San Mateo County is allowed to hold up to three all-mail ballot elections after the governor Friday signed a bill authored by Assemblyman Kevin Mullin, D-South San Francisco.
The legislation lets the county join Yolo County in a pilot program through 2018 in which they can hold elections by mail. The pilot will collect more data that could potentially lead to wider use statewide.
Mullin called this a wonderful opportunity for local voters.
“Our county already has a strong history of voting by mail and this pilot program will provide important voter turnout information from an urban county with a widely diverse population. It is also an important step forward in modernizing our voting process,” Mullin said in a prepared statement.
Supporters of all-mail ballot elections have said they can cut down on cost, speed up results and push up voter turnout.
For those elections, a ballot, return envelope and prepaid postage will be mailed to each voter. There will be at least one physical polling place and dropoff location in each city.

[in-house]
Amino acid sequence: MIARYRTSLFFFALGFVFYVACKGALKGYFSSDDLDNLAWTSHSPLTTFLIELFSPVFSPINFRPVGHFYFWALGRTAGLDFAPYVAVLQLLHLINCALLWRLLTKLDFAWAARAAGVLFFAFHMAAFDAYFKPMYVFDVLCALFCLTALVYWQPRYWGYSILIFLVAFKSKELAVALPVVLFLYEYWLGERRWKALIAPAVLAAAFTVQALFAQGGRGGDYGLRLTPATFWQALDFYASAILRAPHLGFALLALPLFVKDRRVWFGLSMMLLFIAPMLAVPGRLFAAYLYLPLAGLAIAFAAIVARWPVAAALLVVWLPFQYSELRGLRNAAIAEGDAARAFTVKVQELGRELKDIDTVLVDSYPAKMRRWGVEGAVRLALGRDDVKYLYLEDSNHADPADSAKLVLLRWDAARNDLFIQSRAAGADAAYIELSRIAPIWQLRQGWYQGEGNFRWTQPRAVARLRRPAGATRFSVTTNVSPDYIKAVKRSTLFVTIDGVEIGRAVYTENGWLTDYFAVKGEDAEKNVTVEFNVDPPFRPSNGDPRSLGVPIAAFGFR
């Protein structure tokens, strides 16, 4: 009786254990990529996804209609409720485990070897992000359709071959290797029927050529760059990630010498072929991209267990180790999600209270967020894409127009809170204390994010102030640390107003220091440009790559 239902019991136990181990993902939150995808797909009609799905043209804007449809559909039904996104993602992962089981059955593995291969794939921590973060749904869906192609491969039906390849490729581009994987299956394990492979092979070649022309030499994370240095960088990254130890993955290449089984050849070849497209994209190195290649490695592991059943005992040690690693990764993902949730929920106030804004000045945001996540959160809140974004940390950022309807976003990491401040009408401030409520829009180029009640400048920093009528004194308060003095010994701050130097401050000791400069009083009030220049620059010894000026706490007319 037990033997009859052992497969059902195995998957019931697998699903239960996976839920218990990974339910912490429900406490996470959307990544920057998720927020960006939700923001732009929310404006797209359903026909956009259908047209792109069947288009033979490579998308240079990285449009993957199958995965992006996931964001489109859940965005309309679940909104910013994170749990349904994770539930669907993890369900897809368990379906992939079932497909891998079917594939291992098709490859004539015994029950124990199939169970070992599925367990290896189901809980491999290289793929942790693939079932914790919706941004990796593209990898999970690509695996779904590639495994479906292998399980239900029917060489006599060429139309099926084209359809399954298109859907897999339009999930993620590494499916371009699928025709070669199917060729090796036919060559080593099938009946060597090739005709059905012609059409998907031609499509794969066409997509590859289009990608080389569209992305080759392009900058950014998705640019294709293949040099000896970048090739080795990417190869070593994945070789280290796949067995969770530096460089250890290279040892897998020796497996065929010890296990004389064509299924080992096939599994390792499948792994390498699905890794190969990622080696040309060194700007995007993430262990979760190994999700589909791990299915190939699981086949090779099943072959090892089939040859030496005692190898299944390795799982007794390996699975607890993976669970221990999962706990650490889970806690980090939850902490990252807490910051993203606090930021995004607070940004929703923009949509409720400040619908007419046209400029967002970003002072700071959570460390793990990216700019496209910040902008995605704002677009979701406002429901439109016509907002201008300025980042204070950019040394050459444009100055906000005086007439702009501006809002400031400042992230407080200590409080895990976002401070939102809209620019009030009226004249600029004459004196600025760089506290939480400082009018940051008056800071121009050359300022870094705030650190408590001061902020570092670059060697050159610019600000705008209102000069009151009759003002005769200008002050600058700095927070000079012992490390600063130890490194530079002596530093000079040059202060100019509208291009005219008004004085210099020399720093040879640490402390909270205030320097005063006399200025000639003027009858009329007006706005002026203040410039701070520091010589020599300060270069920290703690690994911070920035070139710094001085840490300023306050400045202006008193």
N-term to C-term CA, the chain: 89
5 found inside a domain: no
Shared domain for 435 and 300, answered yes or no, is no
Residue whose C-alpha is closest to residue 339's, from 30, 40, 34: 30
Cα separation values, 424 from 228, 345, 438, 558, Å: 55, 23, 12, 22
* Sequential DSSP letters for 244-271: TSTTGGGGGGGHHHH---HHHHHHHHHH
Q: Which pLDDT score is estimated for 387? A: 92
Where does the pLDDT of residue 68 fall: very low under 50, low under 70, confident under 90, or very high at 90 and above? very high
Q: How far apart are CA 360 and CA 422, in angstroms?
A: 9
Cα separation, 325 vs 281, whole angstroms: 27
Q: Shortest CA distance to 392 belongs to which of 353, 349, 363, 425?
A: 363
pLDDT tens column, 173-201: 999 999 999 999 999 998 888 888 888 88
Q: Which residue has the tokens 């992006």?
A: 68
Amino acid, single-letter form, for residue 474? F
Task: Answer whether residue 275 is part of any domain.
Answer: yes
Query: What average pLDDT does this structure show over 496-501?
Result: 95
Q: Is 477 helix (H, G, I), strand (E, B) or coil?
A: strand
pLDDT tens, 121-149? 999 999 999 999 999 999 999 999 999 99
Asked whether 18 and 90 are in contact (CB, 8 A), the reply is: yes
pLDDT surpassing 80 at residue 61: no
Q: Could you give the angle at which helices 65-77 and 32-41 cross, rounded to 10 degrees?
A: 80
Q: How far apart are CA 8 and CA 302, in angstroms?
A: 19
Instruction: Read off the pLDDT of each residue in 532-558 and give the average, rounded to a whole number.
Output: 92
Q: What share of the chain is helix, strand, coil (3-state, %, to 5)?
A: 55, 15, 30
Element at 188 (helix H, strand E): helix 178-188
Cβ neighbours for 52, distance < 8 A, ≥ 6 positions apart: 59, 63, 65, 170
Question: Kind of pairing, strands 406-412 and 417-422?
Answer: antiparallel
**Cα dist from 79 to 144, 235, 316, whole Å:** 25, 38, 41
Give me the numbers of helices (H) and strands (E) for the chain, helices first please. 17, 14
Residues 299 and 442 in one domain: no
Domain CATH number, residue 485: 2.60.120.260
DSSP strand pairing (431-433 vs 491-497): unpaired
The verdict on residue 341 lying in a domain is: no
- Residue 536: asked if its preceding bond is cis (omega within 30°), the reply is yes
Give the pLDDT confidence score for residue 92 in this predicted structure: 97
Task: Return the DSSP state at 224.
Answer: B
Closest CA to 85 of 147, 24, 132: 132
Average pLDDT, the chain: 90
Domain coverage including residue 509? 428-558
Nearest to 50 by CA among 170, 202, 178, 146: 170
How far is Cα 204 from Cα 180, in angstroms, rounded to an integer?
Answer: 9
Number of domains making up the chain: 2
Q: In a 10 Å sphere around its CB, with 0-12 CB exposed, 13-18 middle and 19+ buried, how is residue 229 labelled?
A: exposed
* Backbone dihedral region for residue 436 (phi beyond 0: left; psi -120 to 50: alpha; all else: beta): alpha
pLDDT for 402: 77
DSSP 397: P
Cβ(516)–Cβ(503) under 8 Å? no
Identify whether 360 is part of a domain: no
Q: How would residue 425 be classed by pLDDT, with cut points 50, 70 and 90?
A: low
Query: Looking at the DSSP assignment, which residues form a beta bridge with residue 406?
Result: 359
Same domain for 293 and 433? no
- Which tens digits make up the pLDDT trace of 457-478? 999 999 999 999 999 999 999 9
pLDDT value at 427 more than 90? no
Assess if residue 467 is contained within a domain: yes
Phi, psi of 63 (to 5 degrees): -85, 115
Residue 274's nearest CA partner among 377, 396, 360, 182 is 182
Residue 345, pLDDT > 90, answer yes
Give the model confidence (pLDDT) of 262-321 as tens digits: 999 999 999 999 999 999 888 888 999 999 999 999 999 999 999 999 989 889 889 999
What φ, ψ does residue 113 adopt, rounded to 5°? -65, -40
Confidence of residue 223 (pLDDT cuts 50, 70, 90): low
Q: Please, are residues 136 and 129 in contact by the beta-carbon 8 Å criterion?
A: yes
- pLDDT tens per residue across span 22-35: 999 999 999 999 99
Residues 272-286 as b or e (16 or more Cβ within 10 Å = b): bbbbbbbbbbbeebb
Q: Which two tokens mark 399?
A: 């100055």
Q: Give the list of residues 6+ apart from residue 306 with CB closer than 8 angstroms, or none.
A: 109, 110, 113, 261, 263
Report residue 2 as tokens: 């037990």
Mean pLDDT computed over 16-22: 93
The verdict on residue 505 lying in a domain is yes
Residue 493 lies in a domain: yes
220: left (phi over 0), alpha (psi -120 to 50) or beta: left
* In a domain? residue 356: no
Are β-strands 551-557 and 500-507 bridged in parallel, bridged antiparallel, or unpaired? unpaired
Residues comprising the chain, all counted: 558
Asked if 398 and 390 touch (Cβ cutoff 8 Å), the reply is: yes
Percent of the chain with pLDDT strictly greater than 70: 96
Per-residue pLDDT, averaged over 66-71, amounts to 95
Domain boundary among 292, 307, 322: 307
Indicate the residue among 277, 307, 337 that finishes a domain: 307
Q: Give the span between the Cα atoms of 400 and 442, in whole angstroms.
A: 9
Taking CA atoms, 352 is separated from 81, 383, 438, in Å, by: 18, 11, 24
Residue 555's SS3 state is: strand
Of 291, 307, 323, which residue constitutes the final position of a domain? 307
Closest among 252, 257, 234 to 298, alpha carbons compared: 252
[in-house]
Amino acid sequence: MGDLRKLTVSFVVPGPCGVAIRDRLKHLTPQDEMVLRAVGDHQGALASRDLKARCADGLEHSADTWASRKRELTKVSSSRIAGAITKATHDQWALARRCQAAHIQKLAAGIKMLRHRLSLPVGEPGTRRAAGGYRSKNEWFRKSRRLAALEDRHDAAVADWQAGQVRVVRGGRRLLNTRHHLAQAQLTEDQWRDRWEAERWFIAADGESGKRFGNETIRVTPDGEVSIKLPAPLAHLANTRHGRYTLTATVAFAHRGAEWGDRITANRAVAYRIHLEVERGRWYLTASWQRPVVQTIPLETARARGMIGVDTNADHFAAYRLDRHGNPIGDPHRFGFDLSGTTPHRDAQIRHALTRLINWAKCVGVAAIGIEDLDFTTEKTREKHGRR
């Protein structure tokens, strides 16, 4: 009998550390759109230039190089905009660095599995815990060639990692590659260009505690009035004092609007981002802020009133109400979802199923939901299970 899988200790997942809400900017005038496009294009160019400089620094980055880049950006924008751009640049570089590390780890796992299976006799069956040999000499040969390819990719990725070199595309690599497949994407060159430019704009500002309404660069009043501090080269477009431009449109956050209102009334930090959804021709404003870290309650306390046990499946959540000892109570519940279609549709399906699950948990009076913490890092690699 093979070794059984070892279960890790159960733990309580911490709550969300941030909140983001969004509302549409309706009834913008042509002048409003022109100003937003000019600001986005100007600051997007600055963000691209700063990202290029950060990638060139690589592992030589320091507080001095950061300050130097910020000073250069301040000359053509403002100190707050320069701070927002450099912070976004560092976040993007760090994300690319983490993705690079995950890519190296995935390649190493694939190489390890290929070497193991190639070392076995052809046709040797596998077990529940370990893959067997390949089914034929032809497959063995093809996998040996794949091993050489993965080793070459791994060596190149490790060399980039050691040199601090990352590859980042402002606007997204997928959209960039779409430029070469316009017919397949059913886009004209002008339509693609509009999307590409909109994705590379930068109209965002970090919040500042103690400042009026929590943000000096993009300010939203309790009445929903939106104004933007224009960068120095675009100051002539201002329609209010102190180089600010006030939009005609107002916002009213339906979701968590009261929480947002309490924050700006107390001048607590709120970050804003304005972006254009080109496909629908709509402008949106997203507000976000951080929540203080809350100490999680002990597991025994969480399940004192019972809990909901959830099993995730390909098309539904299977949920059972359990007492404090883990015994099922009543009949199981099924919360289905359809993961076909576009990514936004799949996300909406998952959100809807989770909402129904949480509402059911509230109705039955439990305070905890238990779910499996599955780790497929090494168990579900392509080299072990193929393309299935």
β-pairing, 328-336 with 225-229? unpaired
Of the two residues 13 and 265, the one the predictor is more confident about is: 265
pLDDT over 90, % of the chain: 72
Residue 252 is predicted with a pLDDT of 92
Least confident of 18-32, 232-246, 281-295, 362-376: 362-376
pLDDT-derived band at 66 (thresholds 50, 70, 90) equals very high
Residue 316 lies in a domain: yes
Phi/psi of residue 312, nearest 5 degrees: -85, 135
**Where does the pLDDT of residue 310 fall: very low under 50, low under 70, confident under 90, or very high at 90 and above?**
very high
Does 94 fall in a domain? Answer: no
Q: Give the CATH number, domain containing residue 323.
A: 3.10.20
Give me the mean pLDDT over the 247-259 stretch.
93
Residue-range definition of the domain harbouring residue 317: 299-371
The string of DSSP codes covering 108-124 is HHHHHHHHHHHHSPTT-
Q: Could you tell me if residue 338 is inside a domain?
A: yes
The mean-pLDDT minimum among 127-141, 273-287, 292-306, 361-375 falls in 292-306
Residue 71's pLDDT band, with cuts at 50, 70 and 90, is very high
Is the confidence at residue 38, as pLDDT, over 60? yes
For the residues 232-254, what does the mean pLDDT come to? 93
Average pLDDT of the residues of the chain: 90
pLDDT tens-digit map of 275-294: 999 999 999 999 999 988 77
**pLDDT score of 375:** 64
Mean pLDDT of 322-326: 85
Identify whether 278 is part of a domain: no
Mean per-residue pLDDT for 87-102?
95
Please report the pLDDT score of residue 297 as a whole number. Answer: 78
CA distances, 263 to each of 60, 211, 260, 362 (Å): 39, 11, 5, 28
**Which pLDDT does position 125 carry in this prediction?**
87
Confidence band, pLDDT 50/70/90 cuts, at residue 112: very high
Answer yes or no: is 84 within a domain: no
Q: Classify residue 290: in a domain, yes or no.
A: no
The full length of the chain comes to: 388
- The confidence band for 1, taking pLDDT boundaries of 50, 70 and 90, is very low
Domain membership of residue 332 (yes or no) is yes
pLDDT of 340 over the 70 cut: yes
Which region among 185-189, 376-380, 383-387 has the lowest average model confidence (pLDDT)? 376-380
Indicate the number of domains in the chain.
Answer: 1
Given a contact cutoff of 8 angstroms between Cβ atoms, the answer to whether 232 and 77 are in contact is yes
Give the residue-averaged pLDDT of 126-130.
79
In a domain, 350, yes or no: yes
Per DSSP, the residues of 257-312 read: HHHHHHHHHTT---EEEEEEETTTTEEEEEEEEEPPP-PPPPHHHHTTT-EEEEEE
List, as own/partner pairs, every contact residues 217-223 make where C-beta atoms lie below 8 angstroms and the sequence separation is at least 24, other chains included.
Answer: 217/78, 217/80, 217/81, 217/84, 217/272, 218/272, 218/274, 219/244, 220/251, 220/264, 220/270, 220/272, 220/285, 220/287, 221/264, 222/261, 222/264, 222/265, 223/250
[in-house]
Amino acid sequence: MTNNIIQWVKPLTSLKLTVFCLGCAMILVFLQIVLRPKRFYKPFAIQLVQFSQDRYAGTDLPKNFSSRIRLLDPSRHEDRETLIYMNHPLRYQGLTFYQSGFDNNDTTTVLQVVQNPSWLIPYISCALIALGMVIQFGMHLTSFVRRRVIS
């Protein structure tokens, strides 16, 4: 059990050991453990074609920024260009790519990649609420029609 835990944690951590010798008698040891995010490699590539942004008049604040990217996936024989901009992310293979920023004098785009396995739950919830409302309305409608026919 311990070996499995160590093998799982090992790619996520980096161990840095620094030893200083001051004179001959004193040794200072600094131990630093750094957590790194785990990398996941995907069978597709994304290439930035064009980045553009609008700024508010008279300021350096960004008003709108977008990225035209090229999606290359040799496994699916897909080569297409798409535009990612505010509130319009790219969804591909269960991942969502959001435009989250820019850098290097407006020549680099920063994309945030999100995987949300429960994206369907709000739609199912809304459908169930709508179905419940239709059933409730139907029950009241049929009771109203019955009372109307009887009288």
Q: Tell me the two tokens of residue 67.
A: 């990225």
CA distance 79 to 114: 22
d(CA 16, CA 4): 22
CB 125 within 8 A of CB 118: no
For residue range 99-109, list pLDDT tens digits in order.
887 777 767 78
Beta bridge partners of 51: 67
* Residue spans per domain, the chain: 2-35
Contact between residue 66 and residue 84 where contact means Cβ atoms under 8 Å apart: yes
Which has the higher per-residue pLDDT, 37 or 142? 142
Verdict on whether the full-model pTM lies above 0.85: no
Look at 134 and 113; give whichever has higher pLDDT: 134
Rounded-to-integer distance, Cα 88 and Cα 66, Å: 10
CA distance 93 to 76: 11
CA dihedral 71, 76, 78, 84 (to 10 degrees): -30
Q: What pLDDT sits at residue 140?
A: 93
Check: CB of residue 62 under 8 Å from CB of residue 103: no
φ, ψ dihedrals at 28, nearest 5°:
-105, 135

The next step for local elections officials is convincing cities to participate. Elections Chief Mark Church previously told the Daily Journal he will need to launch an education and outreach campaign.
The chosen dates can include off-year elections, such as city council and school board races, and special elections.
Mullin said he appreciates Church’s support.
“I know he and his staff are on board with its implementation,” Mullin said.
San Mateo County officials have unsuccessfully lobbied for all-mail ballot elections for several years and its voters have long favored absentee ballots in its own elections. In the June primary, mail-in ballots accounted for 78 percent of votes cast. Neighboring counties saw similar trends. Santa Clara County noted 81 percent by mail and Marin County had 77 percent, according to data from Church.
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